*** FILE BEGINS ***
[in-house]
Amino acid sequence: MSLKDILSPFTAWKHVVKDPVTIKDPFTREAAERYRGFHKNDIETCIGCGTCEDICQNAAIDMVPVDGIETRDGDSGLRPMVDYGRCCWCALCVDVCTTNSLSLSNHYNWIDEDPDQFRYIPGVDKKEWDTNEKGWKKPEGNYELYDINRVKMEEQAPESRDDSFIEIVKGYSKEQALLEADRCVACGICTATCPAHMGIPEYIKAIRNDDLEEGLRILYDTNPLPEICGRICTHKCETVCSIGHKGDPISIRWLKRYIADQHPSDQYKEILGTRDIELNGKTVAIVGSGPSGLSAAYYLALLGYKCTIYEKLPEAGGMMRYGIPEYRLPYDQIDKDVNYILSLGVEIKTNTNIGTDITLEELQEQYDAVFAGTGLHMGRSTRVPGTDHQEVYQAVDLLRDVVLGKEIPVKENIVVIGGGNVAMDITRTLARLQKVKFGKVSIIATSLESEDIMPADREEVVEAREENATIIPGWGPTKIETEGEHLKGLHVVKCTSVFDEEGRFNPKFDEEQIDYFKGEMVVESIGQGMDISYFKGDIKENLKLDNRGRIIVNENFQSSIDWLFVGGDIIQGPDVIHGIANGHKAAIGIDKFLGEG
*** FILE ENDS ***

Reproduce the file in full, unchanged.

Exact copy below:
[in-house]
Amino acid sequence: MSLKDILSPFTAWKHVVKDPVTIKDPFTREAAERYRGFHKNDIETCIGCGTCEDICQNAAIDMVPVDGIETRDGDSGLRPMVDYGRCCWCALCVDVCTTNSLSLSNHYNWIDEDPDQFRYIPGVDKKEWDTNEKGWKKPEGNYELYDINRVKMEEQAPESRDDSFIEIVKGYSKEQALLEADRCVACGICTATCPAHMGIPEYIKAIRNDDLEEGLRILYDTNPLPEICGRICTHKCETVCSIGHKGDPISIRWLKRYIADQHPSDQYKEILGTRDIELNGKTVAIVGSGPSGLSAAYYLALLGYKCTIYEKLPEAGGMMRYGIPEYRLPYDQIDKDVNYILSLGVEIKTNTNIGTDITLEELQEQYDAVFAGTGLHMGRSTRVPGTDHQEVYQAVDLLRDVVLGKEIPVKENIVVIGGGNVAMDITRTLARLQKVKFGKVSIIATSLESEDIMPADREEVVEAREENATIIPGWGPTKIETEGEHLKGLHVVKCTSVFDEEGRFNPKFDEEQIDYFKGEMVVESIGQGMDISYFKGDIKENLKLDNRGRIIVNENFQSSIDWLFVGGDIIQGPDVIHGIANGHKAAIGIDKFLGEG